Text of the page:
[    0.133340] DMAR-IR: IOAPIC id 8 under DRHD base  0xc7ffc000 IOMMU 1
[    0.133341] DMAR-IR: IOAPIC id 9 under DRHD base  0xc7ffc000 IOMMU 1

4.6.2 Enable SR-IOV on a PCI device

There are several ways to enable a SR-IOV on a PCI device. Here is a method to enable a single virtual function on a PCI Ethernet controller (ens803f1):

sudo su -c "echo 1 > /sys/class/net/ens803f1/device/sriov_numvfs"

4.6.3 Configure your PCI whitelist

OpenStack uses a PCI whitelist to define which PCI devices are available to guests. There are several ways to define your PCI whitelist; here is one method.

The Nova PCI whitelist is configured in: /etc/nova/nova.conf

[default]
pci_passthrough_whitelist= {"address":"0000:02:10.1","vendor_id":"8086","physical_network":"default"}

4.6.4 Configure your PCI device alias

See section 3.2.2 for PCI device alias configuration.

NOTE: To pass through a virtual PCI device you just need to add the vendor and product ID for the device. If you use the PF PCI address, all associated VFs will be exposed to Nova.

4.7 Configure the controller node

4.7.1 Enable the PCI passthrough filter in Nova

Follow the steps described in section 4.2.1.

4.7.2 Configure your PCI device alias

To make the requesting of a PCI device easier you can assign an alias to the PCI device, define the PCI device information with an alias tag, and then reference the alias tag in the Nova flavor.

Nova PCI alias tags are configured in: /etc/nova/nova.conf

Use the PCI info obtained in step 4.1.3:

[default]
pci_alias = {"vendor_id":”8086","product_id":"10ed", "name":"nic" }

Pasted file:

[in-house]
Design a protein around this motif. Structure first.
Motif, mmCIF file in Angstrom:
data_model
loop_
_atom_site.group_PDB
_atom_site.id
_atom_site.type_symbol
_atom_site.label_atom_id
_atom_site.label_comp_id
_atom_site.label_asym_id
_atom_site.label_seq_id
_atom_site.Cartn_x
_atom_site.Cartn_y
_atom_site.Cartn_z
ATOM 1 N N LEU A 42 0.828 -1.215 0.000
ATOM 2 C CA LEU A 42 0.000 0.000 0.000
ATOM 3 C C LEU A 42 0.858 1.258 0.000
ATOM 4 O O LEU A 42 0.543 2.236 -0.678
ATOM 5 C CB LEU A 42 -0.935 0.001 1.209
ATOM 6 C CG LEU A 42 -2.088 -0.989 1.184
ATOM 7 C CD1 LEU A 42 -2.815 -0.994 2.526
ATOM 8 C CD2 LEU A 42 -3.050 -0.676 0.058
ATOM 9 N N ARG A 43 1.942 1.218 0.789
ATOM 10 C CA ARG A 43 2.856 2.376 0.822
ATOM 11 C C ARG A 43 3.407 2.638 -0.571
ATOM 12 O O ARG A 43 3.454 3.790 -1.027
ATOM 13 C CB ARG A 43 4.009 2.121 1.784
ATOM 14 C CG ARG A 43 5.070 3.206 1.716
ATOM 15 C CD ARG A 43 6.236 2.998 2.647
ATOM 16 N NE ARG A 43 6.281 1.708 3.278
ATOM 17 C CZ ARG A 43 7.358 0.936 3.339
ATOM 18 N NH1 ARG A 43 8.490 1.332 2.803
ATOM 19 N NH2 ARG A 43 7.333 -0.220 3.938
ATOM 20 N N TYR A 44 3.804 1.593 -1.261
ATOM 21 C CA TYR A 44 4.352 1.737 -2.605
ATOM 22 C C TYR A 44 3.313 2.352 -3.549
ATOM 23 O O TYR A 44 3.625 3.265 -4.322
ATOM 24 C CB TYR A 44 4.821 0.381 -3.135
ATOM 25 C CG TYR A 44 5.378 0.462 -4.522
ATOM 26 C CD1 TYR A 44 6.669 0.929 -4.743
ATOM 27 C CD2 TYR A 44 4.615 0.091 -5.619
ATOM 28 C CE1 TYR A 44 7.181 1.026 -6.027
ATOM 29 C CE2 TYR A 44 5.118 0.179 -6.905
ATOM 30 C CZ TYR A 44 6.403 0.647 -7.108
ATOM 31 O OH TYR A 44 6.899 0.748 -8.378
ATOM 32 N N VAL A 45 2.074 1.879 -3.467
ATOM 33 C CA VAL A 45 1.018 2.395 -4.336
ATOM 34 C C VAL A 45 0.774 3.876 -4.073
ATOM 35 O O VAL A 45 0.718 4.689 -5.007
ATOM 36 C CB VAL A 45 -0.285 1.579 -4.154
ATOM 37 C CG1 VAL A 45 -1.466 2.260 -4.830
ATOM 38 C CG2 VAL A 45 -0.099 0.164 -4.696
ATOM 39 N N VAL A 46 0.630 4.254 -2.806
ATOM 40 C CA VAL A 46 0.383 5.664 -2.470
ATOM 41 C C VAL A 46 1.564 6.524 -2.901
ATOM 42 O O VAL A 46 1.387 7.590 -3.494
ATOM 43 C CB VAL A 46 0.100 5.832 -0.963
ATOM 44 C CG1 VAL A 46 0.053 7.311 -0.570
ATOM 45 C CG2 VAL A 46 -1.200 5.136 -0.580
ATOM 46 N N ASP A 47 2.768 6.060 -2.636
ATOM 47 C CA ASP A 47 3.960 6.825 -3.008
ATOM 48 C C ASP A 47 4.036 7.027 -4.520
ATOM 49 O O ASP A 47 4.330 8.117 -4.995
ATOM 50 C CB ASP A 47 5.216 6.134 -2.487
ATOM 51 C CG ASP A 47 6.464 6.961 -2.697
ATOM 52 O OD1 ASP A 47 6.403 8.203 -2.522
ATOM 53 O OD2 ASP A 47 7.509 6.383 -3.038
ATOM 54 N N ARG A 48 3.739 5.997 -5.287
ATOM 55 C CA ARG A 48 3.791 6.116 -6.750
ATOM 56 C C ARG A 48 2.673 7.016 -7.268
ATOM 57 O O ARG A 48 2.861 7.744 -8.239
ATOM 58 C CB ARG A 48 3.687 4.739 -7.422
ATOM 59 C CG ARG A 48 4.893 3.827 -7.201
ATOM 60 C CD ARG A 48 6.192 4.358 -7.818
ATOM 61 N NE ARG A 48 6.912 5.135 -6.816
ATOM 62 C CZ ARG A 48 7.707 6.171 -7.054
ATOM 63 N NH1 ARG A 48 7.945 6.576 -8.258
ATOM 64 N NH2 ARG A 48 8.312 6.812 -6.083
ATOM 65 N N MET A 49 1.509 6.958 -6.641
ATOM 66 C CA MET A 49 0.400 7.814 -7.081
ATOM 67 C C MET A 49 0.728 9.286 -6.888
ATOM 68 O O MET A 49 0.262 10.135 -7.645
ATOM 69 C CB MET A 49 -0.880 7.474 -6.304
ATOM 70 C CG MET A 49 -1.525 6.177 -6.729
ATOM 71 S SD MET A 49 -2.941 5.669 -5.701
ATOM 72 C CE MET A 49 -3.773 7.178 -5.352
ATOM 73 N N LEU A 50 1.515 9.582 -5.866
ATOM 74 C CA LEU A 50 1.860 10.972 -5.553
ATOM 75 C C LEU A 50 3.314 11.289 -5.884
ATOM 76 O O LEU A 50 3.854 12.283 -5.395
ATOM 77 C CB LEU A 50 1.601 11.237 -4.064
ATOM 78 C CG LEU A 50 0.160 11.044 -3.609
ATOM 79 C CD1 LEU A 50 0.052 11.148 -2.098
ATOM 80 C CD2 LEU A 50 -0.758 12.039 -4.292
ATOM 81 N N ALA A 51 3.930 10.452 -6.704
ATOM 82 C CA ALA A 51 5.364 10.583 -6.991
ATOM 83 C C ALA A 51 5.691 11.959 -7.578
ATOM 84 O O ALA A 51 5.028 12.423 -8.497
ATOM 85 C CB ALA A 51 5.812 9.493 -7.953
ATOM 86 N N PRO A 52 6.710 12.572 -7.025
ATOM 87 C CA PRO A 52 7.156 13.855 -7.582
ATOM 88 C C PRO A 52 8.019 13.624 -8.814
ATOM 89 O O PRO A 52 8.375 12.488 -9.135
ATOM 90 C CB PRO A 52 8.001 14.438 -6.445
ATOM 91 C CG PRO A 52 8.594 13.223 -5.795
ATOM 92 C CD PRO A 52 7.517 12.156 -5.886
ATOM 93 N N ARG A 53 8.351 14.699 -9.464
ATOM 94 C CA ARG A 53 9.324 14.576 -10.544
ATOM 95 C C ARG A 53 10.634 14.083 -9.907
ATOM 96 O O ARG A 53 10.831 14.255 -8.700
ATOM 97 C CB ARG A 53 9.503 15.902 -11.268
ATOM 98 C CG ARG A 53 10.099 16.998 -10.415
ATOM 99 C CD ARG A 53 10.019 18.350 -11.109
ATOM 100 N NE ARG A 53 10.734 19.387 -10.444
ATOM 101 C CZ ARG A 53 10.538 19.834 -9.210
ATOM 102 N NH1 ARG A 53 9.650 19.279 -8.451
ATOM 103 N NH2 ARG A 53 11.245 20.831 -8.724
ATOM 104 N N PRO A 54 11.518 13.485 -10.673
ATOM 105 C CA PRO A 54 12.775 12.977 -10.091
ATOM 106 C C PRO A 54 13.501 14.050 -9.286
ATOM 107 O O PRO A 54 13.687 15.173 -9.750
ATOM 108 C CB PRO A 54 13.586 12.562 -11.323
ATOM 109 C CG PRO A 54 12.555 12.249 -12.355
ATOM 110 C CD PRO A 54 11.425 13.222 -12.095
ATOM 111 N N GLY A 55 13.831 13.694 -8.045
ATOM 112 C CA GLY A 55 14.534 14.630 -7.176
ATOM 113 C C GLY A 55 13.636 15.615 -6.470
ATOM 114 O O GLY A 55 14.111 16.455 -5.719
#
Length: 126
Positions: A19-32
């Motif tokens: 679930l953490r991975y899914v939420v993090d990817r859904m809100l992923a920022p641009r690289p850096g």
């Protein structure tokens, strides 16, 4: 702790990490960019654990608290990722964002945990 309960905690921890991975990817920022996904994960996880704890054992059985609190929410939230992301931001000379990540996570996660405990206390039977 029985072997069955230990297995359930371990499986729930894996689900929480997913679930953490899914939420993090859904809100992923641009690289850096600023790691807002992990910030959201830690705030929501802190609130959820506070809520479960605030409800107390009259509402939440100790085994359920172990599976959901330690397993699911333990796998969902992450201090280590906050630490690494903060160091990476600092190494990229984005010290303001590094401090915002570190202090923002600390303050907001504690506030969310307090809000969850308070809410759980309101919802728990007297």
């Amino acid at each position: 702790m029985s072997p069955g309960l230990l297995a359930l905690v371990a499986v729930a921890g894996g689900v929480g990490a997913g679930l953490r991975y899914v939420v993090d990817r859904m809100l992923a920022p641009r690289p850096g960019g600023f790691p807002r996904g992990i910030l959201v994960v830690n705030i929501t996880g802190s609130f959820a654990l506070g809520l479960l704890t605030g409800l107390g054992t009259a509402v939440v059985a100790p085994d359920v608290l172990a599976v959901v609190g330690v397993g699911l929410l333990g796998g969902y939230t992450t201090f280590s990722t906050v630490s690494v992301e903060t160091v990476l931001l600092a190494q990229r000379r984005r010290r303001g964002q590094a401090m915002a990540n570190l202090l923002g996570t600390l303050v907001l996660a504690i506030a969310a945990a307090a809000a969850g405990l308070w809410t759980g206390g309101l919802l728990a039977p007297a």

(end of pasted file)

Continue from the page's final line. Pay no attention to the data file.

NOTE: To pass through a virtual PCI device (VF) you just need to add the vendor and product id of the VF.

Modify Nova flavor

If you request PCI passthrough for the guest, you also need to define a NUMA topology for the guest.

openstack flavor set <FLAVOR> --property  "pci_passthrough:alias"="nic:1"
openstack flavor set <FLAVOR> --property  hw:numa_nodes=1
openstack flavor set <FLAVOR> --property  hw:numa_cpus.0=0
openstack flavor set <FLAVOR> --property  hw:numa_mem.0=2048

Here, an existing flavor is modified to define a guest with a single NUMA node, one vCPU and 2G of RAM, and a single PCI physical device. You can create a new flavor if you need to.

4.7.3 Boot guest with modified flavor

openstack server create -–image <IMAGE> --flavor <FLAVOR> <GUEST-NAME>

5 Hugepage Support

5.1 Description

When a process uses memory the CPU marks the RAM as used by the process. This memory is divided into chunks of 4KB, or pages. The CPU and operating system must remember where in memory these pages are and to which process they belong. When processes begin to use large amounts of memory, lookups can take a lot of time; this is where hugepages come in. Depending on the processor two different huge page sizes can be used on x86_64 architecture, 2MB or 1GB. Using these larger page sizes makes lookups much quicker.